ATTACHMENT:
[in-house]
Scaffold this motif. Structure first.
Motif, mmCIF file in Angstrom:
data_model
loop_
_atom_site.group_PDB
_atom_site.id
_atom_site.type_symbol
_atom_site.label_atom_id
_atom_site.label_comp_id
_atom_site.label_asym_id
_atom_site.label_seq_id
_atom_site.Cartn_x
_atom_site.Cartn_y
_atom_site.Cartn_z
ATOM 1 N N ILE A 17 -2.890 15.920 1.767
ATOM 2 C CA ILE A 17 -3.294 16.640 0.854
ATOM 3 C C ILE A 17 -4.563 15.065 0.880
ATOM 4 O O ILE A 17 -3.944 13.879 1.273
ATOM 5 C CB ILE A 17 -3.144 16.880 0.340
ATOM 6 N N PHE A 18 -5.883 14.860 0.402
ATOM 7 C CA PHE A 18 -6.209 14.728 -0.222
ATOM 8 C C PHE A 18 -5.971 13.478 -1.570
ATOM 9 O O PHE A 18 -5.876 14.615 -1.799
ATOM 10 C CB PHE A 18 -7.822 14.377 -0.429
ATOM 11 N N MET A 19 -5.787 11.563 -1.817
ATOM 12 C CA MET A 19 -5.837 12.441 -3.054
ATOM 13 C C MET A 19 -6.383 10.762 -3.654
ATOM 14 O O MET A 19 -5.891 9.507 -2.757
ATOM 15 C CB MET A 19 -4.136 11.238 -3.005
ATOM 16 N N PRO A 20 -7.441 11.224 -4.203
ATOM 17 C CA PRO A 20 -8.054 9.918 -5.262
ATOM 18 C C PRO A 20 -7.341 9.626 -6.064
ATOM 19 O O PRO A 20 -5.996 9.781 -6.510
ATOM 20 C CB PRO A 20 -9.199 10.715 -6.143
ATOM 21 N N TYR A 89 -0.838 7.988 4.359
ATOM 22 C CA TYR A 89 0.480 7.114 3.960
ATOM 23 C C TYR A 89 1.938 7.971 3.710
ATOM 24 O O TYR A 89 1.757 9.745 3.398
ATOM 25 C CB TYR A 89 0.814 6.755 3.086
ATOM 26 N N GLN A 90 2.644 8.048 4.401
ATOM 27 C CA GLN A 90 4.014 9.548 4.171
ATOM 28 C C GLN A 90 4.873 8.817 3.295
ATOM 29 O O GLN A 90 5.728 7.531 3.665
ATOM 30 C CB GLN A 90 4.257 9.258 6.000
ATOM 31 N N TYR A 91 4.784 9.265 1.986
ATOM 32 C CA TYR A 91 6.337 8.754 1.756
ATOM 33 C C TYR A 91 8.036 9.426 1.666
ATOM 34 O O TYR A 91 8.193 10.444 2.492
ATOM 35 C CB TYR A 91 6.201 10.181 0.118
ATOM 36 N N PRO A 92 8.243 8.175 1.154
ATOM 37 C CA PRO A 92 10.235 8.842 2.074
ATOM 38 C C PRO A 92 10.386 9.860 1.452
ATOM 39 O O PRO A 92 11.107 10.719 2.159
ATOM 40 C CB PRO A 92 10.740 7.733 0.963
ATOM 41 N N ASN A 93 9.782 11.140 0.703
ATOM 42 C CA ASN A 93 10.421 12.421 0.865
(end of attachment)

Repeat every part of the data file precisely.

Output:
[in-house]
Scaffold this motif. Structure first.
Motif, mmCIF file in Angstrom:
data_model
loop_
_atom_site.group_PDB
_atom_site.id
_atom_site.type_symbol
_atom_site.label_atom_id
_atom_site.label_comp_id
_atom_site.label_asym_id
_atom_site.label_seq_id
_atom_site.Cartn_x
_atom_site.Cartn_y
_atom_site.Cartn_z
ATOM 1 N N ILE A 17 -2.890 15.920 1.767
ATOM 2 C CA ILE A 17 -3.294 16.640 0.854
ATOM 3 C C ILE A 17 -4.563 15.065 0.880
ATOM 4 O O ILE A 17 -3.944 13.879 1.273
ATOM 5 C CB ILE A 17 -3.144 16.880 0.340
ATOM 6 N N PHE A 18 -5.883 14.860 0.402
ATOM 7 C CA PHE A 18 -6.209 14.728 -0.222
ATOM 8 C C PHE A 18 -5.971 13.478 -1.570
ATOM 9 O O PHE A 18 -5.876 14.615 -1.799
ATOM 10 C CB PHE A 18 -7.822 14.377 -0.429
ATOM 11 N N MET A 19 -5.787 11.563 -1.817
ATOM 12 C CA MET A 19 -5.837 12.441 -3.054
ATOM 13 C C MET A 19 -6.383 10.762 -3.654
ATOM 14 O O MET A 19 -5.891 9.507 -2.757
ATOM 15 C CB MET A 19 -4.136 11.238 -3.005
ATOM 16 N N PRO A 20 -7.441 11.224 -4.203
ATOM 17 C CA PRO A 20 -8.054 9.918 -5.262
ATOM 18 C C PRO A 20 -7.341 9.626 -6.064
ATOM 19 O O PRO A 20 -5.996 9.781 -6.510
ATOM 20 C CB PRO A 20 -9.199 10.715 -6.143
ATOM 21 N N TYR A 89 -0.838 7.988 4.359
ATOM 22 C CA TYR A 89 0.480 7.114 3.960
ATOM 23 C C TYR A 89 1.938 7.971 3.710
ATOM 24 O O TYR A 89 1.757 9.745 3.398
ATOM 25 C CB TYR A 89 0.814 6.755 3.086
ATOM 26 N N GLN A 90 2.644 8.048 4.401
ATOM 27 C CA GLN A 90 4.014 9.548 4.171
ATOM 28 C C GLN A 90 4.873 8.817 3.295
ATOM 29 O O GLN A 90 5.728 7.531 3.665
ATOM 30 C CB GLN A 90 4.257 9.258 6.000
ATOM 31 N N TYR A 91 4.784 9.265 1.986
ATOM 32 C CA TYR A 91 6.337 8.754 1.756
ATOM 33 C C TYR A 91 8.036 9.426 1.666
ATOM 34 O O TYR A 91 8.193 10.444 2.492
ATOM 35 C CB TYR A 91 6.201 10.181 0.118
ATOM 36 N N PRO A 92 8.243 8.175 1.154
ATOM 37 C CA PRO A 92 10.235 8.842 2.074
ATOM 38 C C PRO A 92 10.386 9.860 1.452
ATOM 39 O O PRO A 92 11.107 10.719 2.159
ATOM 40 C CB PRO A 92 10.740 7.733 0.963
ATOM 41 N N ASN A 93 9.782 11.140 0.703
ATOM 42 C CA ASN A 93 10.421 12.421 0.865